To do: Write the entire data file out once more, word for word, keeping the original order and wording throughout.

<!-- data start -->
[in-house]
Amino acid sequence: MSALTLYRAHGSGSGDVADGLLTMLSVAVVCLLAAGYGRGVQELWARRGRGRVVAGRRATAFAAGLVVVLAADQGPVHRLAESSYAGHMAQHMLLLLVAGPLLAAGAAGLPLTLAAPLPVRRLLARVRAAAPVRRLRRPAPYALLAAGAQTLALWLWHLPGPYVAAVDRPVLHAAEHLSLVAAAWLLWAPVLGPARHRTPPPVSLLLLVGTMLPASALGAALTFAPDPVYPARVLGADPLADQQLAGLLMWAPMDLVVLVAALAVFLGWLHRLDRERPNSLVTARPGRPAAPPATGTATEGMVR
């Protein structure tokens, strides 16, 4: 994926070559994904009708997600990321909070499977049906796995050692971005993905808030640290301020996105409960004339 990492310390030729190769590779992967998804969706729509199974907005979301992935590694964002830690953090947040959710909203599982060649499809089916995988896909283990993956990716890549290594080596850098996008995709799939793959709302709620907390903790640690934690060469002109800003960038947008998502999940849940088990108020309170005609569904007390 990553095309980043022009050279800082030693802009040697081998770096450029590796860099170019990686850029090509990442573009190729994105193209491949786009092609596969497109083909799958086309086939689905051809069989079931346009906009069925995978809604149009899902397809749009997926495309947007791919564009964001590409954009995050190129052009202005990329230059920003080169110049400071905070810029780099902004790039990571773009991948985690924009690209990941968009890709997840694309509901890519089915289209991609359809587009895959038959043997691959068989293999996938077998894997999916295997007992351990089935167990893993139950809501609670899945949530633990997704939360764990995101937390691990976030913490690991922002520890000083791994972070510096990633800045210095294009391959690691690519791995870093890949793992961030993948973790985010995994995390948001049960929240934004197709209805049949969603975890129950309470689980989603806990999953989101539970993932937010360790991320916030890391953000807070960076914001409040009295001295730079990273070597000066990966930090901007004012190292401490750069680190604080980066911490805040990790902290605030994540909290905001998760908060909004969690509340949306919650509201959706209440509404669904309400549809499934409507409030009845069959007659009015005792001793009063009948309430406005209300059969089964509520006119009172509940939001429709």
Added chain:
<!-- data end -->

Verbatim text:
[in-house]
Amino acid sequence: MSALTLYRAHGSGSGDVADGLLTMLSVAVVCLLAAGYGRGVQELWARRGRGRVVAGRRATAFAAGLVVVLAADQGPVHRLAESSYAGHMAQHMLLLLVAGPLLAAGAAGLPLTLAAPLPVRRLLARVRAAAPVRRLRRPAPYALLAAGAQTLALWLWHLPGPYVAAVDRPVLHAAEHLSLVAAAWLLWAPVLGPARHRTPPPVSLLLLVGTMLPASALGAALTFAPDPVYPARVLGADPLADQQLAGLLMWAPMDLVVLVAALAVFLGWLHRLDRERPNSLVTARPGRPAAPPATGTATEGMVR
């Protein structure tokens, strides 16, 4: 994926070559994904009708997600990321909070499977049906796995050692971005993905808030640290301020996105409960004339 990492310390030729190769590779992967998804969706729509199974907005979301992935590694964002830690953090947040959710909203599982060649499809089916995988896909283990993956990716890549290594080596850098996008995709799939793959709302709620907390903790640690934690060469002109800003960038947008998502999940849940088990108020309170005609569904007390 990553095309980043022009050279800082030693802009040697081998770096450029590796860099170019990686850029090509990442573009190729994105193209491949786009092609596969497109083909799958086309086939689905051809069989079931346009906009069925995978809604149009899902397809749009997926495309947007791919564009964001590409954009995050190129052009202005990329230059920003080169110049400071905070810029780099902004790039990571773009991948985690924009690209990941968009890709997840694309509901890519089915289209991609359809587009895959038959043997691959068989293999996938077998894997999916295997007992351990089935167990893993139950809501609670899945949530633990997704939360764990995101937390691990976030913490690991922002520890000083791994972070510096990633800045210095294009391959690691690519791995870093890949793992961030993948973790985010995994995390948001049960929240934004197709209805049949969603975890129950309470689980989603806990999953989101539970993932937010360790991320916030890391953000807070960076914001409040009295001295730079990273070597000066990966930090901007004012190292401490750069680190604080980066911490805040990790902290605030994540909290905001998760908060909004969690509340949306919650509201959706209440509404669904309400549809499934409507409030009845069959007659009015005792001793009063009948309430406005209300059969089964509520006119009172509940939001429709």
Added chain: